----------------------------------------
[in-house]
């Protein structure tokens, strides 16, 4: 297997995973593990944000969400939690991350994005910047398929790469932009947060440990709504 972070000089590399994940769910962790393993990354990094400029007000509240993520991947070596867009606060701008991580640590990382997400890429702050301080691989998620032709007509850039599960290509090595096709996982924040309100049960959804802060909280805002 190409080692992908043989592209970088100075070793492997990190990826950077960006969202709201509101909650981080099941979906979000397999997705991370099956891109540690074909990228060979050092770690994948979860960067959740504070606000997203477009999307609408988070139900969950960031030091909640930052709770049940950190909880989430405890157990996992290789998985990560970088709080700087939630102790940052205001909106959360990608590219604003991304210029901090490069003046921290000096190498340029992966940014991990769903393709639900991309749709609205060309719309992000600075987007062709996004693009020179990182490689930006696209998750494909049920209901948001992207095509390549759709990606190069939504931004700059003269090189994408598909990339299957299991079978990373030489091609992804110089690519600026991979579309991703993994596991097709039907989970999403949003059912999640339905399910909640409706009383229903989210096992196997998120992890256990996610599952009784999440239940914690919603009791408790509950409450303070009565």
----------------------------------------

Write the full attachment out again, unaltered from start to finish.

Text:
[in-house]
């Protein structure tokens, strides 16, 4: 297997995973593990944000969400939690991350994005910047398929790469932009947060440990709504 972070000089590399994940769910962790393993990354990094400029007000509240993520991947070596867009606060701008991580640590990382997400890429702050301080691989998620032709007509850039599960290509090595096709996982924040309100049960959804802060909280805002 190409080692992908043989592209970088100075070793492997990190990826950077960006969202709201509101909650981080099941979906979000397999997705991370099956891109540690074909990228060979050092770690994948979860960067959740504070606000997203477009999307609408988070139900969950960031030091909640930052709770049940950190909880989430405890157990996992290789998985990560970088709080700087939630102790940052205001909106959360990608590219604003991304210029901090490069003046921290000096190498340029992966940014991990769903393709639900991309749709609205060309719309992000600075987007062709996004693009020179990182490689930006696209998750494909049920209901948001992207095509390549759709990606190069939504931004700059003269090189994408598909990339299957299991079978990373030489091609992804110089690519600026991979579309991703993994596991097709039907989970999403949003059912999640339905399910909640409706009383229903989210096992196997998120992890256990996610599952009784999440239940914690919603009791408790509950409450303070009565």